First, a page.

The battle that took place near Konotop in late June 1659 was a continuation of the Muscovite-Cossack war, which began in the fall of 1658, soon after the signing of the Union of Hadiach. Cossack and Tatar detachments trapped a significant portion of the Muscovite army, leading to enormous Russian losses. The unprecedented defeat of the previously invincible forces caused panic in Russia, but the Muscovites’ capacity to turn defeat into political victory, and the fratricidal struggle in Ukraine, known as the “Ruin”, left most of the Cossack lands on the Right Bank of the Dnieper uninhabitable.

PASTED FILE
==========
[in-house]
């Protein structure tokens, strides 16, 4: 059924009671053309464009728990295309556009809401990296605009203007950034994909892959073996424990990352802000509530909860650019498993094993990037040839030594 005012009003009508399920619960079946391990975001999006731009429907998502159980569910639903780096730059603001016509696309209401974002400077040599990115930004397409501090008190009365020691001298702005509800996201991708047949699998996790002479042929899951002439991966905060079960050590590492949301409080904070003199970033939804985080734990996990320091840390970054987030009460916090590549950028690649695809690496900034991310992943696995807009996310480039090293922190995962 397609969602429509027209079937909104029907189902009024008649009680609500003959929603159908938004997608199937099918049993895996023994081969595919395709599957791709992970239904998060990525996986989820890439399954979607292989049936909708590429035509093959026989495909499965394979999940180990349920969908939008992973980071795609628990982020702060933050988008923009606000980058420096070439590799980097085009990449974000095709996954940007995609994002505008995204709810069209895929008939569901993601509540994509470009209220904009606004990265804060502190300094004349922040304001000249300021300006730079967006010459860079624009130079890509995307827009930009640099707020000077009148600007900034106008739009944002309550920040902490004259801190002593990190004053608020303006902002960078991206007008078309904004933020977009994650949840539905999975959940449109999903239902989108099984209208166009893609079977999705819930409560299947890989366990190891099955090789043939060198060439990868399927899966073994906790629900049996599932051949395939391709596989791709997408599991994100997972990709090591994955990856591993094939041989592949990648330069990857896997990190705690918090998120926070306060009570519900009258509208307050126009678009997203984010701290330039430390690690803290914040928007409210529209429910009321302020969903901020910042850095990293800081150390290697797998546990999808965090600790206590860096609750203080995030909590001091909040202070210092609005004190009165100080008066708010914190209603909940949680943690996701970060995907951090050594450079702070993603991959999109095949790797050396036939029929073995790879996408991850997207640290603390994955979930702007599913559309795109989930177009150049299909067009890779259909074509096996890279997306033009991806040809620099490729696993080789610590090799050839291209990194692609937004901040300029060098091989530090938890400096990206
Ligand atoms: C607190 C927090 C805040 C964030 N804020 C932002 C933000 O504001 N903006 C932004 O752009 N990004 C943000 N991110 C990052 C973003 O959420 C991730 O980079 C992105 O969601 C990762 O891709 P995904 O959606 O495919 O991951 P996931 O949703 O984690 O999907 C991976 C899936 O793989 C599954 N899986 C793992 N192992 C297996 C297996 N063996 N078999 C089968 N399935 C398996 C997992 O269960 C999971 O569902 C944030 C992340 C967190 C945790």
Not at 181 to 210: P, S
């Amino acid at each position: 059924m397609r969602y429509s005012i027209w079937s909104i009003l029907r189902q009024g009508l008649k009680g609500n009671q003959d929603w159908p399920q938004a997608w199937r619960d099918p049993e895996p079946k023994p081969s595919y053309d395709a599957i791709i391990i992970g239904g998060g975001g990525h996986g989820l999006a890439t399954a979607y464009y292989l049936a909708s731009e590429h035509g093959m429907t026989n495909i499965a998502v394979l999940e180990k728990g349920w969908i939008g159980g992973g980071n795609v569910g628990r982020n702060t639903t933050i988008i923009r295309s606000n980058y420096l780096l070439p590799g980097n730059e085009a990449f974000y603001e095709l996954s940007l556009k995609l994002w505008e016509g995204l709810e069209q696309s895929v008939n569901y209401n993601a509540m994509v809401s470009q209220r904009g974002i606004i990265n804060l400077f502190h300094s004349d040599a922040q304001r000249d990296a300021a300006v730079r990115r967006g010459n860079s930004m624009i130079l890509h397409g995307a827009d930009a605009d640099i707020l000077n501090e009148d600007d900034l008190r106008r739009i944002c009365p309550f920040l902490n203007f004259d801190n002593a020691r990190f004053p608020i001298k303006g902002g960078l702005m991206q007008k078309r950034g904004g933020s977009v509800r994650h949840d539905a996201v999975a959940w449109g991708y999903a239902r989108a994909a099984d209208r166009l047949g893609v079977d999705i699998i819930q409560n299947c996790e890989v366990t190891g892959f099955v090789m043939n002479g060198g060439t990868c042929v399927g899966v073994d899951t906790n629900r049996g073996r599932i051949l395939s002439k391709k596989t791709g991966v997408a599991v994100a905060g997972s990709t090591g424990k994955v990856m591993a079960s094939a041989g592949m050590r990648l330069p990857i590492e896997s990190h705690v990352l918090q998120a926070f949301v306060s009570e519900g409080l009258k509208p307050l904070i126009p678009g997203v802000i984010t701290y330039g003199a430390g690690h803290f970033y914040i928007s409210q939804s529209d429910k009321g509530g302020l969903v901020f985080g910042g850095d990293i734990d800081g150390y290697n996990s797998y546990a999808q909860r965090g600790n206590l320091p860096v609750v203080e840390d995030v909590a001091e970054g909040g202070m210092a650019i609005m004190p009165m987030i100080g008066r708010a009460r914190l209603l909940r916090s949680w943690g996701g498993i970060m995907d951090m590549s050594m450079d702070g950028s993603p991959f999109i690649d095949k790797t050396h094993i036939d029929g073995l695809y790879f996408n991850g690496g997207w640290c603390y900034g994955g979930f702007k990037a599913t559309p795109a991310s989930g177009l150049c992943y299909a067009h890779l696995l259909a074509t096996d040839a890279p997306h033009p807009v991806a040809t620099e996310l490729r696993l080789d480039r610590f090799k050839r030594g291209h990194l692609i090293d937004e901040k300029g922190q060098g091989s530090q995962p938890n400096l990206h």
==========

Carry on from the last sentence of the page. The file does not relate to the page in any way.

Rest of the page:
Konotop is a classic example of a battle won, but a war lost. ariusz Robert Drozdowski, Ksenia Konstantynenko, Piotr Kroll, Serhii Plokhy, Oleg Rumyantsev, Natalia Yakovenko and Tatjana Yakovleva-Tairova, the authors of this collection, hail from Poland, Italy, USA, Ukraine and Russia. They consider the military, political, social, and cultural context of the battle and also investigate its treatement in historical and literary writings from the early modern era to the present. They approach their topic from the point of view of various disciplines, traditions, and schools of thought. Their essays expand our understanding of the battle, its outcome and legacy in unexpected and historiographically productive ways.